See it if you want to see an drama that is almost great. An interesting idea that is not fully explored.
Don't see it if you do not want to see a show where the audience has to mentally fill-in missing pieces of information for the plot to make sense..
See it if Editor assigns young charge to cabin to coax eccentric author's delayed final book. Great set/ forest visual create maximum atmospherics.
Don't see it if Thin plot and underdeveloped characters force a tedious one-act 90 min. evening.
See it if Poignant character study about an older writer who's all alone, getting older & jumps at the chance to buddy up with a younger writer.
Don't see it if Prefer more fast-paced action, as the beauty is in the characters here. Could use a 10-15 minute trim to the 95 min runtime.
See it if A Lauria fan, you're a would-be writer (I guess), like stories about creative journey (but you might be disappointed.) Lots of trying hard
Don't see it if Want plot 2 have some kind of story arc that's not obvious from the getgo, are hoping for character development. Some scenery chewing here. Read more
See it if You want a great set with lots to look at. Dan Laurie always excellent.
Don't see it if You are tired of age old story: young protege and older wiser man at odds, then form close relationship, then young one grows Read more
See it if You are a Shel Silverstein fan. There are quite a few nods to him. You want to see a play that is both haunting and beautiful.
Don't see it if You want something "family friendly." Despite its themes, it is not really a show aimed at young audiences. Although kids can enjoy it too. Read more
See it if An unfortunate title for entertaining play. Good acting by the cast, a bit slow but it does deliver a message.
Don't see it if Do not see if you want a light drama or musical. You have to be patient with this to the end.
See it if you want to see an amazing set that improves the story.
Don't see it if you want the strongest story. The themes aren't made obvious.
"Buried under long passages of nonsense in 'The Stone Witch' is a moving tribute to confronting one's heroes...The problem is Bitterman's focus on mental illness. When depicting insanity onstage, anything can happen and frequently does—but the mere absence of reason is rarely interesting. Zuckerman coaxes honest reactions out of his performers, but watching Peter repeatedly struggle with Simon's hallucinations grows exhausting as they slog through the largely meaningless confusion."
"A story of a promising young children's author who is sent to the woods to coax a new book out of his long-silent idol...Our veteran author lives in a world that straddles reality and fantasy...This binary world is both 'The Stone Witch's' greatest asset and its greatest obstacle. It heightens a relatively mundane story to a level of theatricality, but Bitterman and...Zuckerman, don't yet seem to know how to make these two realms theatrically communicate...Lauria's performance is the highlight."
"Lauria, playing an artistic genius suffering an extended dry spell, spends the better part of ninety minutes bombastically strutting across the stage, grandly gesticulating, and unpredictably modulating his growling voice into sudden shouts of passion and rage that will surely remind many of the late, great Zero Mostel...While the play is well-performed and nicely produced, and the dialogue has its entertaining side, the evening is done in by the abundance of predictability."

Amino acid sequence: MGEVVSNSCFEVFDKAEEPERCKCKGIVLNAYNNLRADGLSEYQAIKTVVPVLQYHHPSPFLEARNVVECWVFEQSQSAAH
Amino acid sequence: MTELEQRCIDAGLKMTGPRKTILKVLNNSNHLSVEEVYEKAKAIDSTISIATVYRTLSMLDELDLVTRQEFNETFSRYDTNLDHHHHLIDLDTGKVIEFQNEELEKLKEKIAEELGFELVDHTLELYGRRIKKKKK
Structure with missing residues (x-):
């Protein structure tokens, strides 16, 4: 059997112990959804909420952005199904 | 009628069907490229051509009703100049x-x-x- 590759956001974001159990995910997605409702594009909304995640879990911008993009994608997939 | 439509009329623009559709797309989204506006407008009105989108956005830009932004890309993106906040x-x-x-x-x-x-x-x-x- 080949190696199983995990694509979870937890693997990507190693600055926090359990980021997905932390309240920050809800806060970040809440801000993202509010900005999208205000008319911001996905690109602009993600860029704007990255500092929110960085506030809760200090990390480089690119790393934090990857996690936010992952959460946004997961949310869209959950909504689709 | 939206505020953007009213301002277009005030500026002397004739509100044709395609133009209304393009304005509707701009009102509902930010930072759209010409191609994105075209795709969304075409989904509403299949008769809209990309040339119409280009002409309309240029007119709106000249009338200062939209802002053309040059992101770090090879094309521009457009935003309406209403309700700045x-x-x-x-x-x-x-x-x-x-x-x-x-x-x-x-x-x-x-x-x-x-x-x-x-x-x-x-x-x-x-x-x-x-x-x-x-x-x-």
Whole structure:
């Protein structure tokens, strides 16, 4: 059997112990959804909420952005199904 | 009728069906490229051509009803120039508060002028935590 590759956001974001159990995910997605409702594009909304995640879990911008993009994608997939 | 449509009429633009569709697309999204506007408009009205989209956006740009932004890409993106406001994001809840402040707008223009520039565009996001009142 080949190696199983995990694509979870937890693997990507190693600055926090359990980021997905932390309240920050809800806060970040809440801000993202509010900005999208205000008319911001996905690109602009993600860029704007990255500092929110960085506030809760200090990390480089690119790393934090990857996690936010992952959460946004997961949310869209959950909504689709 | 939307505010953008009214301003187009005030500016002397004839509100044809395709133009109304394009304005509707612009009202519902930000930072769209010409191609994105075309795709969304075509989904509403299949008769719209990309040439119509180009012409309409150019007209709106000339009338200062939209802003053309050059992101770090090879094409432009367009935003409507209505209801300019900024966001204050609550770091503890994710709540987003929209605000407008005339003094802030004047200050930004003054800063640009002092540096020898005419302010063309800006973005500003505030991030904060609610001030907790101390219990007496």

"'The Stone Witch' exists almost entirely as a vehicle for the actor playing Simon...If his state of mind isn't really believable, you can't say that Lauria doesn't put on a show. Rupak Ginn does as much as anyone could with Peter, one of the most thinly conceived roles I've seen in some time...A lot of 'The Stone Witch' looks like drama, but too much of it boils down to hollow speechmaking...As presented here, it is all very theatrical and very false."
"The real pain will be suffering through 'The Stone Witch,' a remarkably unoriginal drama...The threadbare scenario that is patchily embroidered by Shem Bitterman, the playwright, involves the trope regarding an insufferable genius and the admirer who tries to rescue him from creative malaise...A tedious 90 minutes, the play is flat in dialogue and thin in its characterizations...A tiresome mingling of shallow writing and whimsical visuals."
"The art of creation is a difficult one to portray on stage but playwright Shem Bitterman and cast have done a beautiful job of dramatizing the highs and lows of this well-worn theme. The additional theme of the mentor-pupil relationship is superbly depicted by Dan Lauria and Rupak Ginn. Carolyn McCormick brings a sense of both drollery and danger to her role as the high-powered agent who will stop at nothing to get what she wants…this is one of the few recent plays to be entirely satisfying."
"Fascinating and beautifully rendered...An intriguing and thrilling ride...Adroitly, sensitively directed by Steve Zuckerman...The stone witch appears and haunts...The metaphor for what it represents evolves brilliantly throughout Bitterman’s play...Zuckerman’s acute direction propels Bitterman’s rich themes and questions about art. Brilliantly, the actors move the action with suspense and engagement...Every lustrous design aspect of 'The Stone Witch' makes the production soar."
"An absolutely gorgeous production. Which may be better than the play. It’s not that the play is bad. It’s not, it’s charming. It’s just that the collaboration...is so stunning that the play didn’t quite deliver the promise of the visuals...The cast is first rate...Dan Lauria is masterful at taking the confusing character of Simon Grundberg as written, and turning him into a real live flesh-and-blood human being we care about and have sympathy for."